Importantly, none of the serious hypothetical are really constitutional questions at all, but political questions. With New Zealand First announcing its support for a later election, a majority of MPs now seem to be in support of one. This will doubtless factor into the prime minister’s decision, but is not relevant to the question of what her powers are.
Constitutionally, the question of whether the prime minister has the power to recommend (ie instruct) the governor general to dissolve parliament and hold elections turns on whether the prime minister has the confidence of a majority of MPs.
At the time of writing, she does command the confidence of a majority of MPs. Accordingly, she has the power to direct the governor general to dissolve parliament and hold an election.
The letter sent by New Zealand First leader Winston Peters to the Prime Minister in support of holding a later election does not change this. The letter does not withdraw confidence in Ardern. Reports indicate that at a press conference on Sunday afternoon, Peters clearly stated the prime minister still has his confidence.
If Peters and New Zealand First wanted to force the prime minister’s hand, its MPs would resign as government ministers and withdraw confidence. The expectation is that this would either be public, or would be made public shortly after it occurred. New Zealand does not have a political culture of MPs or ministers informing the governor general of such issues in private.
How would such a hypothetical occur?
First, Peters would inform the PM, probably in writing, that he was resigning, and New Zealand First was withdrawing support from the government.
The prime minister would inform the governor general that she was now operating as a caretaker prime minister, with the situation of who, if anyone, has the confidence of a majority of MPs to be prime minister in flux.
The prime minister would let everyone else know this was the state of affairs, likely at a hastily called press conference.
Not having the confidence of the house, the prime minister simply would not instruct the governor-general to dissolve the house. That instruction can only be made by either (i) a prime minister having the confidence of the house; or (ii) a prime minister lacking the confidence of the house, but with clear public support from a majority of MPs for the decision to dissolve.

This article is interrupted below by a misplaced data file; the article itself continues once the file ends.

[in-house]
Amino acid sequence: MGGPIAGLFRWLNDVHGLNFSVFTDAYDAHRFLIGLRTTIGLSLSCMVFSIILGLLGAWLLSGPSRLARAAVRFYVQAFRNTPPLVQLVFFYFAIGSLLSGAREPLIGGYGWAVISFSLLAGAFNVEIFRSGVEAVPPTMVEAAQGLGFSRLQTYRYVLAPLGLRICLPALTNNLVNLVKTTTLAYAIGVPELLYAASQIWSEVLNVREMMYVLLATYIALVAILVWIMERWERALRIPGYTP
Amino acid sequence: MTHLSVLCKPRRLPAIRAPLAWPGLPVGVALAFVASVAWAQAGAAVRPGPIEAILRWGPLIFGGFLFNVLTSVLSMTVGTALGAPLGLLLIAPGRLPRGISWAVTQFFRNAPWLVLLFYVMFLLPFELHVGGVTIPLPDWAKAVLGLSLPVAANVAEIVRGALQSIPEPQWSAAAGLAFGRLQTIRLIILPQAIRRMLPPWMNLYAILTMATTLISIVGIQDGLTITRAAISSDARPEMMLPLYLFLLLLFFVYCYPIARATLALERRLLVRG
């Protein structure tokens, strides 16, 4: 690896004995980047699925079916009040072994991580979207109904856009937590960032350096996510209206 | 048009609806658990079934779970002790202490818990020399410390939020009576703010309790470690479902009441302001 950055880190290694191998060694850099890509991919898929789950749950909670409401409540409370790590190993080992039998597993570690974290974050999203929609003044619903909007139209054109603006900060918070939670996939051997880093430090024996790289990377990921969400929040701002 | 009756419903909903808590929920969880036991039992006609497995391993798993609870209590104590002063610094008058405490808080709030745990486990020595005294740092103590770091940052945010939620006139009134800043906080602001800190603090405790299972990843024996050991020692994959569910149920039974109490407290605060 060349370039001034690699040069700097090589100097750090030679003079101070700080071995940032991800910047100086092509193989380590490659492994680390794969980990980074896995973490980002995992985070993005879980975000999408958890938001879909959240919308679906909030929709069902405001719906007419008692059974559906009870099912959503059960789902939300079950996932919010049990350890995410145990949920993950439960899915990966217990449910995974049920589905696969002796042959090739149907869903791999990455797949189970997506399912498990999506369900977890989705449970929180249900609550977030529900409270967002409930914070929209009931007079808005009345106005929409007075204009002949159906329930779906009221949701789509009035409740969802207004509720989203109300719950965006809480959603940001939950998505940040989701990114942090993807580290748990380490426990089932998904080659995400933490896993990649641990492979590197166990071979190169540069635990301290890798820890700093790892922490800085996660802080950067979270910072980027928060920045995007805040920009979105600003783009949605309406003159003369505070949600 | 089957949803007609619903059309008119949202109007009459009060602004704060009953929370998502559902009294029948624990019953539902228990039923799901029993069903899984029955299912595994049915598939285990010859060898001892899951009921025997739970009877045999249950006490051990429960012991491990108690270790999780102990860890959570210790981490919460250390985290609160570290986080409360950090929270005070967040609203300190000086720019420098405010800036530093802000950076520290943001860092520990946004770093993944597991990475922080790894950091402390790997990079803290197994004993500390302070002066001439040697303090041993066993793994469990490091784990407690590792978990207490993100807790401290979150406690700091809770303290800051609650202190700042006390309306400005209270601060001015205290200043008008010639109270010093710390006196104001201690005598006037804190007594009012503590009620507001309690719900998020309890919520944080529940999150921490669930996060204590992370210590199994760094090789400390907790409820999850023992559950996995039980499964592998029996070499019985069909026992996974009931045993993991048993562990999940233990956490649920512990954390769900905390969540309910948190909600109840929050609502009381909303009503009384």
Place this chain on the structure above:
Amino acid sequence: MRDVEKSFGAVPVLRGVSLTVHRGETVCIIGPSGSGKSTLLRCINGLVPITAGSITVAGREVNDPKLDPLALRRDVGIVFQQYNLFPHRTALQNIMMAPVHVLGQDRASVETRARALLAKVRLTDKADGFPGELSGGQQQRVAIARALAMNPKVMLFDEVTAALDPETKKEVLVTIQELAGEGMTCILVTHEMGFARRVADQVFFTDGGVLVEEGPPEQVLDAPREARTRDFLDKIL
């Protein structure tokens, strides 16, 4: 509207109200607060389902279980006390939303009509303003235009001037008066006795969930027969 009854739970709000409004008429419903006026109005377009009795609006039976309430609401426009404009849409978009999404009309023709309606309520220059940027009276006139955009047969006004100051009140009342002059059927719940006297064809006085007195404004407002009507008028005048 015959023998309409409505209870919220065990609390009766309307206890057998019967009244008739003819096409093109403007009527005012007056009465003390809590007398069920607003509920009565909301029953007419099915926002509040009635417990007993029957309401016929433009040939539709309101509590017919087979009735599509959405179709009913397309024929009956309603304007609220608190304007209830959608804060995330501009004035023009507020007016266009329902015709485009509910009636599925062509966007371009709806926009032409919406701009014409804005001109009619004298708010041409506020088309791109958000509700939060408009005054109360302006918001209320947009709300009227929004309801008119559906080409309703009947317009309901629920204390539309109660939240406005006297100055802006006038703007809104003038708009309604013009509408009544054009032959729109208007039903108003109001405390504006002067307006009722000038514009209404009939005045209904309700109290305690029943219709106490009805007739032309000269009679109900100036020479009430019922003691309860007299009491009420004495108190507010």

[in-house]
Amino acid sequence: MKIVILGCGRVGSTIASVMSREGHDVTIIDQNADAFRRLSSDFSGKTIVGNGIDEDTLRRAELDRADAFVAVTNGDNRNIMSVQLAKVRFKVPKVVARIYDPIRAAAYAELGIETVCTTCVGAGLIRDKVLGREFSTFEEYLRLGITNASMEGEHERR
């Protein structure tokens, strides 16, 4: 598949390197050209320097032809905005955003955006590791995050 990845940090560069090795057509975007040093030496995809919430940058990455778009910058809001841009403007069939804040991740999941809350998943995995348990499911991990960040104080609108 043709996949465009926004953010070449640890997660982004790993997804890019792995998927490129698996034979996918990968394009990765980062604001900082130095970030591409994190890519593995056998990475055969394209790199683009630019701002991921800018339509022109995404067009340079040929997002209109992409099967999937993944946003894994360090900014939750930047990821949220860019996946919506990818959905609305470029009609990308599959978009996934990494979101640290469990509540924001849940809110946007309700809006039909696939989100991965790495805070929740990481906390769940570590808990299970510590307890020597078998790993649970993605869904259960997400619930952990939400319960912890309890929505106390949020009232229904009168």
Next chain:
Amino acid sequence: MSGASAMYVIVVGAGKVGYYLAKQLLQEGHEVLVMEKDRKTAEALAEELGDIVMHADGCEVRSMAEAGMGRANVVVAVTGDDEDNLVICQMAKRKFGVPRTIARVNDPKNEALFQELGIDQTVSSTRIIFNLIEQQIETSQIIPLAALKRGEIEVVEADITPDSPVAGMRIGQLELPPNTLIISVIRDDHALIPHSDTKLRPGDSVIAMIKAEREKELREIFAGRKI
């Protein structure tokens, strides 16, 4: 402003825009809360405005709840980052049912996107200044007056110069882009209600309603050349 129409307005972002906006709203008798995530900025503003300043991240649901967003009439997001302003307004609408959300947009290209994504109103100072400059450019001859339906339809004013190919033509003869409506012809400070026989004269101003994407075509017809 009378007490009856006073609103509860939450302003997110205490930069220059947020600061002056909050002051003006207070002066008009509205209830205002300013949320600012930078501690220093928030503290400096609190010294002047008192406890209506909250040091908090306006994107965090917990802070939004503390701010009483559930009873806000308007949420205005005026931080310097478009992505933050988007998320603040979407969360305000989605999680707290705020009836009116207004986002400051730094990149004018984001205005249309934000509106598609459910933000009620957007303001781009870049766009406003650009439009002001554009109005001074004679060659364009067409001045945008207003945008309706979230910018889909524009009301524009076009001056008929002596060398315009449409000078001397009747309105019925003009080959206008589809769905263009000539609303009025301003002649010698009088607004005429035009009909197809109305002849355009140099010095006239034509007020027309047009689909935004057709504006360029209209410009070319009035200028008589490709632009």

If the prime minister were, for some reason, to still issue the instruction to the governor general to dissolve parliament, in a circumstance where she lacked confidence, the governor general would refuse. (Which, incidentally, is why in this hypothetical the instruction is never made.)
Political v constitutional
In fact, the governor general has very little to do with any of this. The entire process is political, not constitutional. The prime minister continues to be prime minister, applying the caretaker principle, while the political process plays out. And the governor general waits like the rest of us until there are public announcements resolving the issue.
In a constitutional sense this hypothetical would be fundamentally identical to the situation following an election.
Immediately after the 2017 general election Bill English was the prime minister. The election had changed the likely composition of parliament (it wouldn’t be sworn in for some weeks), so it was not clear that that he continued to have the confidence of the House of Representatives. After time for discussion between the parties, there were public statements announcing the results of coalition negotiations, and ultimately the signing of coalition agreements. Following those public announcements, including a public announcement by English that talks between National and New Zealand First had ended, the governor general appointed Ardern the prime minister.
The situation is the same after a loss of confidence. The person holding officer as prime minister continues to do so. Members of parliament seek to find a resolution supported by a majority of MPs. Obvious options include: Ardern regains the confidence of enough MPs to remain prime minister; someone else obtains the confidence of enough MPs to become prime minister; MPs reach an impasse and agree that no resolution is possible.
Throughout all of this, executive government continues as normal, just with ministerial decision-making more circumscribed. The government has the lawful authority to spend money until June 30 next year. Teachers and police officers continue to get paid, people breaking the law can be arrested and charged, and the machinery of government continues. And the governor general stays out of it until MPs resolve their political dispute. This isn’t a constitutional crisis. Really, it’s not even a political crisis yet, but an interesting hypothetical with a clear constitutional overlay for MPs to sort things through.
Which probably won’t even happen.
The Bulletin is The Spinoff’s acclaimed daily digest of New Zealand’s most important stories, delivered directly to your inbox each morning.